Thursday, July 14, 2011

Video Game Tales.

Yesterday I talked about video games. Today I ran across a list from, which listed 10 unbelievable video game stories. You can go here for the entire list, but I'm only going to comment on two of the stories. The first story involved the man from Hawaii who was suing the video game company for not telling him that video games are addictive. This falls back onto several comments I've made on this blog, including one that I made just last week about how people will sue over anything. The lawsuit was filed over a year ago and most of the complaint was dismissed in August of last year. I have searched and cannot find a follow-up to that story, so either it has been settled out-of-court, or is still active. I should find it amazing that the entire case was not dismissed, but I have seen too many things that are allowed to continue on long after they should have been dropped. If I find a follow-up to this, I will make mention of it at a later date.

The second story was from 2009. It concerned a mother who called the police because her 14-year-old son would not quit playing Grand Theft Auto. She had gotten into an argument with her son and felt that was the only way to get through to him. The police officers were able to get through to the boy, but as a person who has sold video games, I wonder how much his mother checks out what he is playing. Grand Theft Auto, is a video game that is rated M. That means her son would not have been able to purchase it by himself. Stores will not sell the game to anyone under 17. I realized that an older friend of his could've bought the game for him, but in my opinion, a 14-year-old should not be playing that game.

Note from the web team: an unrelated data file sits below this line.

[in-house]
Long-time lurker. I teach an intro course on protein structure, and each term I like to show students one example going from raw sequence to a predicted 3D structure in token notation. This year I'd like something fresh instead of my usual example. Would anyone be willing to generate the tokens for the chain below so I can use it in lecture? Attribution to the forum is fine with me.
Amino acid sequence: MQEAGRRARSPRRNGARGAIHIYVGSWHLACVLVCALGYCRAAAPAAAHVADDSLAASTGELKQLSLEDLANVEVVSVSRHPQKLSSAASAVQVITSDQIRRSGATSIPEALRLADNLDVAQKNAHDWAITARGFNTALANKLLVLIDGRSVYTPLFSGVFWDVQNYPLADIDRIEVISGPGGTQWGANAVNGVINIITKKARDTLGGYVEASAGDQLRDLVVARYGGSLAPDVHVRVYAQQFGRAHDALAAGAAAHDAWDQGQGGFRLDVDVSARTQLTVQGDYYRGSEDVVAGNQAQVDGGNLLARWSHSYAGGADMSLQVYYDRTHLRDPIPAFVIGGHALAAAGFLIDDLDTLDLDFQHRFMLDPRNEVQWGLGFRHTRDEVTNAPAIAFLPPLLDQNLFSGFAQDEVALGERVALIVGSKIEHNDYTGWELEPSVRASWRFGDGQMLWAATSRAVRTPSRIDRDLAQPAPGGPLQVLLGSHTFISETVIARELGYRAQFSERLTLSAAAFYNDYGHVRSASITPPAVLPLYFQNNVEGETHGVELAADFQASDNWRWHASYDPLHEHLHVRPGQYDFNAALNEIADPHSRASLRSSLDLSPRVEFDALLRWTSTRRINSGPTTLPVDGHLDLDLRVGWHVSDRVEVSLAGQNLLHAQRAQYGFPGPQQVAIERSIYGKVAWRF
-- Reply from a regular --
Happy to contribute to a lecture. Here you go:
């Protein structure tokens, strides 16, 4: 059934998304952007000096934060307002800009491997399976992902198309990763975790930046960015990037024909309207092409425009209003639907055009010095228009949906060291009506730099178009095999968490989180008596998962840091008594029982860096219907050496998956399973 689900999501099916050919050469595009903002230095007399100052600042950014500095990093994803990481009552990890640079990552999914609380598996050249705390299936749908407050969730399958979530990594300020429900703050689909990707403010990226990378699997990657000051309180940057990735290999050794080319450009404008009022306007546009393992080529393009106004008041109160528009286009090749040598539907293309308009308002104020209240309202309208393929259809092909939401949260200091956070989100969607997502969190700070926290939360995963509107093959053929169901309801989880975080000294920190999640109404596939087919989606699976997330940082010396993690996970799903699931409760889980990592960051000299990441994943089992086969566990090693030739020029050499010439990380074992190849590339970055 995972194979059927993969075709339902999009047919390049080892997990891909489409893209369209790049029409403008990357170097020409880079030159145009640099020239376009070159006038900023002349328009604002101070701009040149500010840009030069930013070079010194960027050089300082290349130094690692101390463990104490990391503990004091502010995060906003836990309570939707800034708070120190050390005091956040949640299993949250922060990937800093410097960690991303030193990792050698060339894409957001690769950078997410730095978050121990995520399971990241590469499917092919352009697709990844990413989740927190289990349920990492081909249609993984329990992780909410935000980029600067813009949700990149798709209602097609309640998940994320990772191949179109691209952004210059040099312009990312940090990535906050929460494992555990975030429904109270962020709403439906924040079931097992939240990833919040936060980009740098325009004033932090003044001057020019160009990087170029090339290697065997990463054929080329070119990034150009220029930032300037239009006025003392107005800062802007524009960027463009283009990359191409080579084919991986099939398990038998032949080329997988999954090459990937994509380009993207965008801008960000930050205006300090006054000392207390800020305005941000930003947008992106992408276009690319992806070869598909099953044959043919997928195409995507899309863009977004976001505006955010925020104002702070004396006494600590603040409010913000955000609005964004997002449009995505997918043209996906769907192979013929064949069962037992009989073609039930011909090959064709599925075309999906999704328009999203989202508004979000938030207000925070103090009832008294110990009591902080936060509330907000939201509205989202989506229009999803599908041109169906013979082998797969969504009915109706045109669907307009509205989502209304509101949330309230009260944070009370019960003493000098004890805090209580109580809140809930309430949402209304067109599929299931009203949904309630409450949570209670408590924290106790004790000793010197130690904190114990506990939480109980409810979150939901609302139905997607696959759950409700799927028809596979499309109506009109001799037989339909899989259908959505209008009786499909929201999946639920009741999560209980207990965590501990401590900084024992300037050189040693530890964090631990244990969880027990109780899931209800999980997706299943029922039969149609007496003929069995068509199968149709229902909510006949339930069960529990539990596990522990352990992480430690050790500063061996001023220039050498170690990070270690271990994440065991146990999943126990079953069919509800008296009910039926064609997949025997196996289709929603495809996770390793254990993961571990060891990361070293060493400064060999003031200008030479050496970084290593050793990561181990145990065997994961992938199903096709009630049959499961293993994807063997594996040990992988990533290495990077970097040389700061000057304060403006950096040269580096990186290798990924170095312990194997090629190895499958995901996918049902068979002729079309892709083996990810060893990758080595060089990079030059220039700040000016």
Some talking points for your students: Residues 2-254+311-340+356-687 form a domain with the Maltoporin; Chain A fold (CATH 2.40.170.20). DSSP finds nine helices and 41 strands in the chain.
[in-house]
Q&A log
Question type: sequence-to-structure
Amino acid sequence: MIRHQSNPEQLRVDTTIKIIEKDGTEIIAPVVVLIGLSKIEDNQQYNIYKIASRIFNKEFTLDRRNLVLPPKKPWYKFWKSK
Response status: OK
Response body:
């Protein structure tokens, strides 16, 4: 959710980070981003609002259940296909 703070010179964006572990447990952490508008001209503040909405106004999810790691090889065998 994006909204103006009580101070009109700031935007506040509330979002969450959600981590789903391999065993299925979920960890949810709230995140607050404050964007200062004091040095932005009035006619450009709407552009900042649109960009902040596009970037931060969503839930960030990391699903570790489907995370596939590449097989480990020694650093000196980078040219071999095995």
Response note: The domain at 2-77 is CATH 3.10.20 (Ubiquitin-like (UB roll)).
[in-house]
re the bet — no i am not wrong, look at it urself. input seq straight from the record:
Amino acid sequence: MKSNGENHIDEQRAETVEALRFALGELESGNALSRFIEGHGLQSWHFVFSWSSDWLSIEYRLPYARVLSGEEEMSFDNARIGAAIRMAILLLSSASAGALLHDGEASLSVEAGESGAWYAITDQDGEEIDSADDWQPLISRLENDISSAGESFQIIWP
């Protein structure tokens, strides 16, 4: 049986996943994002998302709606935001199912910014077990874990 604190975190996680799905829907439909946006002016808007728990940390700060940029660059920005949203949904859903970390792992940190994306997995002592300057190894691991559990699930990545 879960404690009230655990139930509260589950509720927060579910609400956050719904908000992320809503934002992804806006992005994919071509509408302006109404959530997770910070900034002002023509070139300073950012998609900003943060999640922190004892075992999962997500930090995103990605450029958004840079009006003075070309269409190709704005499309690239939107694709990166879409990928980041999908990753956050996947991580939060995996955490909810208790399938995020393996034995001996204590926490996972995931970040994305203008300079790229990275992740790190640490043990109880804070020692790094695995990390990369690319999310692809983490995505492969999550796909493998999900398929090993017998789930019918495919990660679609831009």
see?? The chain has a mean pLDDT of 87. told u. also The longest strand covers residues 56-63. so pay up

When I was working at Kmart, I had a lady who came in wanting to purchase a video game system for her eight-year-old daughter. X-box had not been out very long, and she asked me how good that would be for her little girl. She told me she had heard a lot about Grand Theft Auto, and if that would be a good game to purchase. I explained her a couple of things that took place in Grand Theft Auto, and she agreed it would not be an appropriate game. I also explained to her that X-box, was geared more for older game players. I sold her the Nintendo system that was available at that time, which was the Game Cube. At a different time, I had a young man who was 16 years old and wanted to purchase an M rated game. I told him that I could not sell it to him, but if his mother came over she could purchase the game for him. When she came over I explained to her about the game, and she turned her son and told him, "I told you I was not going to have that kind of thing in my house." The young man gave me a look, letting me know he was not very happy with me, but that I could live with. I didn't want his mother coming after me.

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